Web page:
’ is not a closing quote.  A closing quote looks like this ' and matches the opening quote that you used.  I also doubt that a text mode program used the … character in its prompt for more input (especially since the two lines above that use three ascii periods (...) and not the single-character-unicode … .  

You have something mucking about and "helping you" to be cutie-pie.  If you turn that crap off, your problems will go away...

---
The fact that there's a Highway to Hell but only a Stairway to Heaven says a lot about anticipated traffic volume.





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Re: Possible bug in Alter Table

wmertens
>
>
> You have something mucking about and "helping you" to be cutie-pie.  If
> you turn that crap off, your problems will go away...
>

If it's on a mac, this terrible misfeature can be turned off in system
preferences - keyboard - text - smart quotes.

I lost a couple hours this way too, I paired with a colleague on something
and then sent the result to me. Sometime later I notice that CSS is broken
for our app and I finally figure out it's a cute quote disabling all the
rules from where it is. Grr.

Wout.

>
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Re: Possible bug in Alter Table

Petite Abeille-2


> On Nov 27, 2018, at 06:16, Wout Mertens <[hidden email]> wrote:
>
> If it's on a mac, this terrible misfeature can be turned off in system
> preferences - keyboard - text - smart quotes.

Oh my... right you are :|

Grrr indeed.

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Re: Possible bug in Alter Table

Balaji Ramanathan
In reply to this post by Balaji Ramanathan
Thank you, Richard.  I can understand how not naming the columns of a view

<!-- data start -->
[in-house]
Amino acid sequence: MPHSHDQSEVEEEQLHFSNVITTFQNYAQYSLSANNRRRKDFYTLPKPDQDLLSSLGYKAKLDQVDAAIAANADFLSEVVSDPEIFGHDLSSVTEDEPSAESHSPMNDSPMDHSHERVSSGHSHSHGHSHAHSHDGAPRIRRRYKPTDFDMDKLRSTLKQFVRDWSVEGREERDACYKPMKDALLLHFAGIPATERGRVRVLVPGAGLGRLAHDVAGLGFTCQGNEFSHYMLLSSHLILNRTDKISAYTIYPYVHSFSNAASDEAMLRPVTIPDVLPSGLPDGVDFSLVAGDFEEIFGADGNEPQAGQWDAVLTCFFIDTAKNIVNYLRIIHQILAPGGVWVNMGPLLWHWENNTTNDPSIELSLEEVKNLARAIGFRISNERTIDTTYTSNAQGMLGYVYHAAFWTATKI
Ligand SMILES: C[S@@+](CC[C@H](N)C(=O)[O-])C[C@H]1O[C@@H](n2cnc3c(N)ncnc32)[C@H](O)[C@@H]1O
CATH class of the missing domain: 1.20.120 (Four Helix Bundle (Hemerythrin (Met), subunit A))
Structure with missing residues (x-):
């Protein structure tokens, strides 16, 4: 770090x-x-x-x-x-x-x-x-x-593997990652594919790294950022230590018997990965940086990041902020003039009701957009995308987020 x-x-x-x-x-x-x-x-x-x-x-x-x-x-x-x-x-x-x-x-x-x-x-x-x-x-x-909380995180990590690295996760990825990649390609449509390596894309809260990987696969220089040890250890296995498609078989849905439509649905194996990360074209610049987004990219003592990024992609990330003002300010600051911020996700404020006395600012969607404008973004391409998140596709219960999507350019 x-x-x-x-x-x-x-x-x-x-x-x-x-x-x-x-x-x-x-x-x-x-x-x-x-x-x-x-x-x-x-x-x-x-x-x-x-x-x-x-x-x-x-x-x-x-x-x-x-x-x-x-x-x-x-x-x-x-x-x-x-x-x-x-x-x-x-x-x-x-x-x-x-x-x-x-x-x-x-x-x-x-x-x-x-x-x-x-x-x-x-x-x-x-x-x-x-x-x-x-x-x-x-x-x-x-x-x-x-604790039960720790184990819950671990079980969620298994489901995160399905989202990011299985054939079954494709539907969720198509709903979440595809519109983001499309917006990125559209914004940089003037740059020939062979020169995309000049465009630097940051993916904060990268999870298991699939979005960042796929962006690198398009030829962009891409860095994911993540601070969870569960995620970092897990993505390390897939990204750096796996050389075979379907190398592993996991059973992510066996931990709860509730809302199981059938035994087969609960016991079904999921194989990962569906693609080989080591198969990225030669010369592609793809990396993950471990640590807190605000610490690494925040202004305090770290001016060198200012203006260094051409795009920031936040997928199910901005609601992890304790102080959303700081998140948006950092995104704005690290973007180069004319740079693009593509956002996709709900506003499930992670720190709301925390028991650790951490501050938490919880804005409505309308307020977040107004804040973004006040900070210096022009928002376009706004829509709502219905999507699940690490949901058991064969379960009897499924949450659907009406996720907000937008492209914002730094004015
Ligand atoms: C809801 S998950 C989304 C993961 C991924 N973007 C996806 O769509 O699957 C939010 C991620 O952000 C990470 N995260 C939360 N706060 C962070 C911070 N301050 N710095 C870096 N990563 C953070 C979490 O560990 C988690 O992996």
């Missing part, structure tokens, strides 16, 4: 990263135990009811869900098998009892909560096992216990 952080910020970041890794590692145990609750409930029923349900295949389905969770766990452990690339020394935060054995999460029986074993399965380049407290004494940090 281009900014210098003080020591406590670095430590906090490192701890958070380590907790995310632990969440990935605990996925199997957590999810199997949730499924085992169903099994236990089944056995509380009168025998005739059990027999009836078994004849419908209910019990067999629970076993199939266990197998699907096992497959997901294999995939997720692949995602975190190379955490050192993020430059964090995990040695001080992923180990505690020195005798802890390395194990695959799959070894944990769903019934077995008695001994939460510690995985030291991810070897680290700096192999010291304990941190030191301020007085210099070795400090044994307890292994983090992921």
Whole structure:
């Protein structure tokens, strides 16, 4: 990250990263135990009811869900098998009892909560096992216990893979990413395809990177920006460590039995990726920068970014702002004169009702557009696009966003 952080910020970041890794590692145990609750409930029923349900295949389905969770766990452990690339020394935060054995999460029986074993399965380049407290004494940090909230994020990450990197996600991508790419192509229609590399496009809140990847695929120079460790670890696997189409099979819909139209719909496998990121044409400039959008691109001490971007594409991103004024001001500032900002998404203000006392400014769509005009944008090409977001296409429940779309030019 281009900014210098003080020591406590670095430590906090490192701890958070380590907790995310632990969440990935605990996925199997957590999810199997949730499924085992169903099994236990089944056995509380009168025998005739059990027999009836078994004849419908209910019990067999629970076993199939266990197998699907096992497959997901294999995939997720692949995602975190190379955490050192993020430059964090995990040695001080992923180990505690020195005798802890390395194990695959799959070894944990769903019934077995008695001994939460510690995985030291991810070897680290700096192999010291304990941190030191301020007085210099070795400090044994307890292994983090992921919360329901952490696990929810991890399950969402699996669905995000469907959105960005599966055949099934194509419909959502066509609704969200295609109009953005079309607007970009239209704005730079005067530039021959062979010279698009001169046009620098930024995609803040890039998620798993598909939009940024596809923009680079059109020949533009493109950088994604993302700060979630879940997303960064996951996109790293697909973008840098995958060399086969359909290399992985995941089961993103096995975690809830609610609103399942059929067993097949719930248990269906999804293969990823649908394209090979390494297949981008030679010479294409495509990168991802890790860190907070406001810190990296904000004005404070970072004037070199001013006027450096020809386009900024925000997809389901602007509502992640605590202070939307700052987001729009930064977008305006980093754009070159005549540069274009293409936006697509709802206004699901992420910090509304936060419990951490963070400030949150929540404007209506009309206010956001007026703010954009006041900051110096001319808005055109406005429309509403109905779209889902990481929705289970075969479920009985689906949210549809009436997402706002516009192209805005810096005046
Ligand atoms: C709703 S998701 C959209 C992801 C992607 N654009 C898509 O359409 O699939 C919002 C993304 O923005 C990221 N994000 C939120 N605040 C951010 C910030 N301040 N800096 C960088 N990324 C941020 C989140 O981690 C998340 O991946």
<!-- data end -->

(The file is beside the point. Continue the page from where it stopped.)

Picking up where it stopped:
can lead to ambiguities and other problems down the line.  Hopefully the
documentation will be updated so that users are aware that the alter table
command can't really deal with cascading effects such as in the case of
views referring to other views, etc.

Is there a way to unravel a complex schema so that you can identify which
views are based directly on tables and which views refer to other views,
and what those other views are?  At this point, the simple solution seems
to be to just use .dump to dump out the contents of the database into a
text file, use search and replace to do the column rename, and then use
.read to read it back into a SQLite database.  Anything I have to watch out
for if I do the above?

Thank you.

Balaji Ramanathan

From: Richard Hipp <[hidden email]>
To: SQLite mailing list <[hidden email]>
Cc:
Bcc:
Date: Mon, 26 Nov 2018 14:11:54 -0500
Subject: Re: [sqlite] Possible bug in Alter Table
On 11/25/18, Balaji Ramanathan <[hidden email]> wrote:
> I expected the Alter Table command to find and replace all occurrences of
> that column name in my schema with the new name.

Here is simplified SQL that illustrates the problem:

CREATE TABLE t1(x);
CREATE VIEW v1 AS SELECT x FROM t1;
CREATE VIEW v2 AS SELECT x FROM v1;
ALTER TABLE t1 RENAME x TO y;

The ALTER TABLE fails because after changing the name of t1.x to t1.y,
the definition of the view v2 is no longer valid.

This is not something we intend to "fix" in SQLite.  The root of the
problem is that the column names for the v1 view are not specified.
And since they are not specified, that means SQLite is free to pick
whatever arbitrary names it wants for those columns.  The definition
of view v2 depends on one particular algorithm for picking the column
names of view v1, but there are no guarantees that every version of
SQLite will use that particular algorithm.  Hence, the definition of
view v2 is under-specified and prone to failure, such as in this case.

If you are careful to defined the names of all columns within your
views, then the problem goes away.  For example:

CREATE TABLE t1(x);
CREATE VIEW v1(y) AS SELECT x FROM t1;
CREATE VIEW v2(z) AS SELECT y FROM v1;
ALTER TABLE t1 RENAME x TO y;

Or:

CREATE TABLE t1(x);
CREATE VIEW v1 AS SELECT x AS y FROM t1;
CREATE VIEW v2 AS SELECT y AS z FROM v1;
ALTER TABLE t1 RENAME x TO y;

If you do not specify the names of columns in views, then SQLite is
free to choose whatever names it wants for those columns, and the
choices might shift after an ALTER TABLE, which could then break
queries and/or downstream views.  So it is best not to do that.

Admittedly, this is not well-documented.  I will strive to improve the
documentation for the next release.  Perhaps I will also add a
"warning" mechanism to alert programmers to gotchas like this in some
subsequent release, though there probably is not time to get warnings
in to the forthcoming 3.26.0 release.

--
D. Richard Hipp
[hidden email]